The investment platform for short-term rentals is winding down here

Change Take

In the evolving short-term rental industry, it is either consolidating or ceasing to exist.

— Srividya Kalyanaraman

Miami-based, which offered fractional ownership investments in short-term rentals, has shut down.

It launched here in 2022, boosted by pandemic-induced interest in short-term rentals. But macroeconomic conditions and higher interest rates forced the company to close — effective immediately.

The company will advertise all properties for sale. Upon the sale of each property, the net proceeds will be distributed to the respective investors after settlement of selling costs, termination costs, loan repayment and deferred fees payable to the manager, its website said. In its management role, the company will oversee the sale process, seeking the best possible outcome for investors, recognizing that market conditions will affect the terms of the sale. The aim is to sell all properties within the next six months to optimize value.

During this period, Here will continue to file required SEC reports for both Here and each series until the property sales close, according to Short Term Rentalz.

It is not the only company affected by macroeconomic conditions. Last week, Wisconsin-based property manager Frontdesk laid off its entire workforce of approximately 200 employees and ceased operations. Frontdesk has raised nearly $26 million in venture capital and has established itself as a prominent property manager in the US

The startup’s business approach involves renting out apartments at market rental rates, furnishing them for short-term rentals in more than 30 markets. However, challenges arose mainly due to upfront costs, associated capital costs and fluctuations in demand and rates.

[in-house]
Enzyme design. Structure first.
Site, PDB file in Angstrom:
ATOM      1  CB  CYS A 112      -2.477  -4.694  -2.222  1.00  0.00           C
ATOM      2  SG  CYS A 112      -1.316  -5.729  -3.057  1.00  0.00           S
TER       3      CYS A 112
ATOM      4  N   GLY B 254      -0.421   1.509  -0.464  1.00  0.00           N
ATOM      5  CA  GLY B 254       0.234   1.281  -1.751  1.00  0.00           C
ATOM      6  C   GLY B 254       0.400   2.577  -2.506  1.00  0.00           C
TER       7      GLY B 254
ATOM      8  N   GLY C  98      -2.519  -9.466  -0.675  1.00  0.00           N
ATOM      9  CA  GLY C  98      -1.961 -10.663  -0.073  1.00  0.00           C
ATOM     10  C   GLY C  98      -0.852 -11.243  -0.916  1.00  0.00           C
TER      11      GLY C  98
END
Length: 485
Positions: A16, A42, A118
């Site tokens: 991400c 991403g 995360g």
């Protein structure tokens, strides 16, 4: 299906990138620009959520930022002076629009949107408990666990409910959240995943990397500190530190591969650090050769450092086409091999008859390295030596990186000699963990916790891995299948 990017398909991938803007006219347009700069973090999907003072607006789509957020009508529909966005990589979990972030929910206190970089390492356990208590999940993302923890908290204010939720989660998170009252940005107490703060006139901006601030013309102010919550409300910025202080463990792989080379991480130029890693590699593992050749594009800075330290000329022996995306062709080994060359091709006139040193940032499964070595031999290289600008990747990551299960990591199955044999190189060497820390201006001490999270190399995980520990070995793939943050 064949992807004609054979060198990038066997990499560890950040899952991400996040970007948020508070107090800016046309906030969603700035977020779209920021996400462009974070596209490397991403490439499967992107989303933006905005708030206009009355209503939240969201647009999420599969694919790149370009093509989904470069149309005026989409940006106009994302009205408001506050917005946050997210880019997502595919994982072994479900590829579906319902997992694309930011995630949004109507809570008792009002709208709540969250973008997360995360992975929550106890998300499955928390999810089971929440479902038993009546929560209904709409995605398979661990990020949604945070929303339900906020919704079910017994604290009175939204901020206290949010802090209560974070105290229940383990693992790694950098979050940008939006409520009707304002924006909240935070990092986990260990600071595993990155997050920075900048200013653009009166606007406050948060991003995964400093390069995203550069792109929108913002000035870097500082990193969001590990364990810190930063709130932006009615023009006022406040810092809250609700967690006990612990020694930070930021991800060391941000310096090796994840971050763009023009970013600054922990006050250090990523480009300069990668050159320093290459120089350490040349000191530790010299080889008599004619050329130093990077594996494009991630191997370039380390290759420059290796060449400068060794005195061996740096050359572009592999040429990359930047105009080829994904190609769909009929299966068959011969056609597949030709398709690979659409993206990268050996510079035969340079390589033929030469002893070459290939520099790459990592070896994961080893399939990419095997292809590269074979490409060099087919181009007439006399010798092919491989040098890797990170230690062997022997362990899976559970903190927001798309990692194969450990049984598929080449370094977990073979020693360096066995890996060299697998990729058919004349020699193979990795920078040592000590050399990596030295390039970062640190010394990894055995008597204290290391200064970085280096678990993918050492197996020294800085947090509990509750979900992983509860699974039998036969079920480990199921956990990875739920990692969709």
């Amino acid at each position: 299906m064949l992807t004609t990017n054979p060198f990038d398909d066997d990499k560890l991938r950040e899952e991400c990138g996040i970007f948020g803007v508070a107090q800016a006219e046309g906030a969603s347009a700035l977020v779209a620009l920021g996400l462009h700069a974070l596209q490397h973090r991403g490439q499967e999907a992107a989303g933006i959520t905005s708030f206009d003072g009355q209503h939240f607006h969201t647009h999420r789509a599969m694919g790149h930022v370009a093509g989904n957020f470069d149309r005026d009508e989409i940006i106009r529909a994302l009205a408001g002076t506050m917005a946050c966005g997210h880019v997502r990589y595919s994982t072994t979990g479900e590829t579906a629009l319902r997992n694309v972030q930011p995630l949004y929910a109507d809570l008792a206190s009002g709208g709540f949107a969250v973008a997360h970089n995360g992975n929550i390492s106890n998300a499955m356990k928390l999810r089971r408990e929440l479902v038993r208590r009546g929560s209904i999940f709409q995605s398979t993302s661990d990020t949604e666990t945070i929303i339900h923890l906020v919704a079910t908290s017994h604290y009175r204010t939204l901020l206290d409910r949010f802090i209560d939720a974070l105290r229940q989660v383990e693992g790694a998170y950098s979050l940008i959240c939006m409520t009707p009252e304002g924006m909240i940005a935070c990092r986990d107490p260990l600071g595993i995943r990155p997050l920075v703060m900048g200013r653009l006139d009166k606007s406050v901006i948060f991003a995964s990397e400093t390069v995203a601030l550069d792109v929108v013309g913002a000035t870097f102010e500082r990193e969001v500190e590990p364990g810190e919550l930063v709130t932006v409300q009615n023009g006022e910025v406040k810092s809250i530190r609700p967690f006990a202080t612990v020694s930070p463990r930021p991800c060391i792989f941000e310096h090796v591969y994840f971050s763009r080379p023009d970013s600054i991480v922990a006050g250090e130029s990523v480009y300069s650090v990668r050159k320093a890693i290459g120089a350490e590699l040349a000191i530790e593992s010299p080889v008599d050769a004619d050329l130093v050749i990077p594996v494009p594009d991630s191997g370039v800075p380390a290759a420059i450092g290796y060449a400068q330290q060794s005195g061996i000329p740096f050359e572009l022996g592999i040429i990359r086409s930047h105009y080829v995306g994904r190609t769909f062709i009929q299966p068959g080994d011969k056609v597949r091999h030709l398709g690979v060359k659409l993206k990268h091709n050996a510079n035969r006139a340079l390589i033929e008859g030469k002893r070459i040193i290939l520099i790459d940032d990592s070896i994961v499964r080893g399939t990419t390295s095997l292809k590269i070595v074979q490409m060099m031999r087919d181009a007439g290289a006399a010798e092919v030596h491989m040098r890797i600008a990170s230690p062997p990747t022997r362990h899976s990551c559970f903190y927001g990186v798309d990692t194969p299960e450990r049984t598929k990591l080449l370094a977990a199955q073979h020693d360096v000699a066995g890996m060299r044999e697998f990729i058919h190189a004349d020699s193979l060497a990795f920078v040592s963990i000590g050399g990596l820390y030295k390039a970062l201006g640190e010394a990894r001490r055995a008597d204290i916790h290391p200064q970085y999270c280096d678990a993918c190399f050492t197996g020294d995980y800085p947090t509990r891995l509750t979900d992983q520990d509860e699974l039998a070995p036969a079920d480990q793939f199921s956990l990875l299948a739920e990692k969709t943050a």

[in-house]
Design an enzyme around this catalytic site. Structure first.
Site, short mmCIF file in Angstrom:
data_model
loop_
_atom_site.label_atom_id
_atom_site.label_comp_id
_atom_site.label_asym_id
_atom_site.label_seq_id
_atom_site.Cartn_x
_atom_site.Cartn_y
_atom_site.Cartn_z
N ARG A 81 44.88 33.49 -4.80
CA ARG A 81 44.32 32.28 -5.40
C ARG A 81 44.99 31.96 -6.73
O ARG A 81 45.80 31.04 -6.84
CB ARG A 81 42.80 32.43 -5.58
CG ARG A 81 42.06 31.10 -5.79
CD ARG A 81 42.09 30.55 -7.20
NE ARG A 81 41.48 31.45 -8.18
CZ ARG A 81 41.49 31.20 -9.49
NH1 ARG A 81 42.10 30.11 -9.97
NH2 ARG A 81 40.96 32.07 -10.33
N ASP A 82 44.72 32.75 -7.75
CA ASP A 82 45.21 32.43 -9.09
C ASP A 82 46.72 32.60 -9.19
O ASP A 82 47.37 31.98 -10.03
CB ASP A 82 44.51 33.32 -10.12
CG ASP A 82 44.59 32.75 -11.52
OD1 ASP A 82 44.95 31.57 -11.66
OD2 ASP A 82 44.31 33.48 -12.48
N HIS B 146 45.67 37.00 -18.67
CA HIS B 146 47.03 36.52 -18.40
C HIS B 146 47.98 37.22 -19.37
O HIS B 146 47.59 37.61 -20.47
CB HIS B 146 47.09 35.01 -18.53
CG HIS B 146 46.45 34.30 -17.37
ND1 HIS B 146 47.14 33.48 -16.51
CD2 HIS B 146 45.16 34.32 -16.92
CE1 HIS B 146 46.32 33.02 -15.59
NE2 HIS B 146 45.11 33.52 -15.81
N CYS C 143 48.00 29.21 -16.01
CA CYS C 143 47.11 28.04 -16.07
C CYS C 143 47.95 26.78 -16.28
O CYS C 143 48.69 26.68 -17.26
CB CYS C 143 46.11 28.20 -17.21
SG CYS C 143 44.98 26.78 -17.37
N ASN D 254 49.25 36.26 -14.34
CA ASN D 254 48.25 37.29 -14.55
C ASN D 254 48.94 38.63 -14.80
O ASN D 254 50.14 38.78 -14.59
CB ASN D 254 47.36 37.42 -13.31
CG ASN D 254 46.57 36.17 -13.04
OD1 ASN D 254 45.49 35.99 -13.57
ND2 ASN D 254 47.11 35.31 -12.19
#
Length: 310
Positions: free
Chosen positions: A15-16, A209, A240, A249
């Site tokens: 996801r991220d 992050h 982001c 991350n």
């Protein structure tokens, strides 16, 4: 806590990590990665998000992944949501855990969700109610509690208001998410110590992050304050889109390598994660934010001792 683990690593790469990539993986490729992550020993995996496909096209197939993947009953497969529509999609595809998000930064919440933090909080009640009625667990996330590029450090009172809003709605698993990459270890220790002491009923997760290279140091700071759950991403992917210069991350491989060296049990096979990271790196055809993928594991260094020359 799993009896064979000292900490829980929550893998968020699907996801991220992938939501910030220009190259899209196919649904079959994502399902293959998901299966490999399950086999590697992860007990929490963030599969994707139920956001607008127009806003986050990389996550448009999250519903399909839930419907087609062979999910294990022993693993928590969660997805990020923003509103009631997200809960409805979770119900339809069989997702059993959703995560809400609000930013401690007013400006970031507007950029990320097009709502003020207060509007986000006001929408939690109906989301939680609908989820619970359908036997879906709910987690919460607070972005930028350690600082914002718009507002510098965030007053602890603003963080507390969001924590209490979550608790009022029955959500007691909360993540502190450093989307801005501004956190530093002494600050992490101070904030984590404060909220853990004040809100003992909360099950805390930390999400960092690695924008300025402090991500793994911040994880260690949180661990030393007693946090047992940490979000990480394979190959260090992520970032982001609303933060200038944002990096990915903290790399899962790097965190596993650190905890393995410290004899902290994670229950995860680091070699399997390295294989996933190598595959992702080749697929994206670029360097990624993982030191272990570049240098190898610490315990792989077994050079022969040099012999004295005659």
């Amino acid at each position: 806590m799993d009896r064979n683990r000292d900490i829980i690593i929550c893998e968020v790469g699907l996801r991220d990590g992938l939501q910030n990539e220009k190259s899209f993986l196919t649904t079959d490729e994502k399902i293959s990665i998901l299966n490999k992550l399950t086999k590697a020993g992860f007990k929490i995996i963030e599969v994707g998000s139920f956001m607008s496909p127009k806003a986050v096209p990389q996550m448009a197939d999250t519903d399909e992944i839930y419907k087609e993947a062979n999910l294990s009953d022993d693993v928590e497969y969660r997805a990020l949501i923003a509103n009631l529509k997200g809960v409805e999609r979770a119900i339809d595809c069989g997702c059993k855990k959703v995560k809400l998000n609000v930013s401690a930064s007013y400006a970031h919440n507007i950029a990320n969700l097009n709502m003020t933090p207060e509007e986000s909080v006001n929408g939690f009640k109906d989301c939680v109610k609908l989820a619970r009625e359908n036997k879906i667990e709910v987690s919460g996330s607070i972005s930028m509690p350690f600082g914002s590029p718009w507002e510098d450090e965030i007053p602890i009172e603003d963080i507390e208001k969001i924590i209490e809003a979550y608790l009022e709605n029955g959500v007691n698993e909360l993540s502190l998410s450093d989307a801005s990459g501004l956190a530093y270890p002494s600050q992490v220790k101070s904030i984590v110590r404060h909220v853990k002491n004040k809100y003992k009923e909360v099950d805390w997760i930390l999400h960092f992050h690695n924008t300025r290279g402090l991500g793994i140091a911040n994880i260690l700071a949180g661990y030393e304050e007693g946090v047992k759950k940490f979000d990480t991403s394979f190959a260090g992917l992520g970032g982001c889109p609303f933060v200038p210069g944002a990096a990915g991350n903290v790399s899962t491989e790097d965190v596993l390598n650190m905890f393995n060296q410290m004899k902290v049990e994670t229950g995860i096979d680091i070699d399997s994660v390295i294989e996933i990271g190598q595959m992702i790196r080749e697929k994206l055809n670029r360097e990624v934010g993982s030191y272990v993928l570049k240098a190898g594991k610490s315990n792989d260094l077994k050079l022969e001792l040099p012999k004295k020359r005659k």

And in November of last year, Cabana, a start-up offering RVs as a vacation rental, sought buyers to stave off closure after all efforts to secure additional venture capital failed. Its CEO, Scott Kubly, wrote in a LinkedIn post that the company has ceased operations and begun the sale process.

Having previously raised $16 million, including a $10 million Series A round in 2021, Cabana had notable investors such as Craft Ventures, Goldcrest Capital, Nordic Eye and entrepreneur Jason Calacanis.

Nevertheless, the company was unable to withstand the economic climate.

“It ended up being a series of macroeconomic events that felt like a black swan event that happens every 9 to 12 months. The automotive industry experienced a semiconductor shortage that halted global car production. This was followed by labor shortages and 10% inflation. Then interest rates jumped to the highest levels in 20+ years. And most recently, venture capital deployments have declined by ⅔ over the past 12 months,” Kubly wrote.

Startups like and Cabana, which were either founded or funded in the wake of a pandemic low-interest economy, have seen higher company valuations and increased growth potential.

However, with the current rise in interest rates and market contraction, companies that aggressively raised funds during this period are facing challenges in meeting their previous inflated valuations.

“And now that interest rates are going up and the market has pulled back quite a bit, it’s really hard for those companies that raised aggressively over that period of time to meet the valuations that they raised under, and so now they’re in this crisis,” Cara Whitehill, industry advisor and investor and founder of Unlock Advisors, previously told Skift.

Photo credit: Living room short-term rental in Nashville listed on Airbnb. Source: Airbnb.

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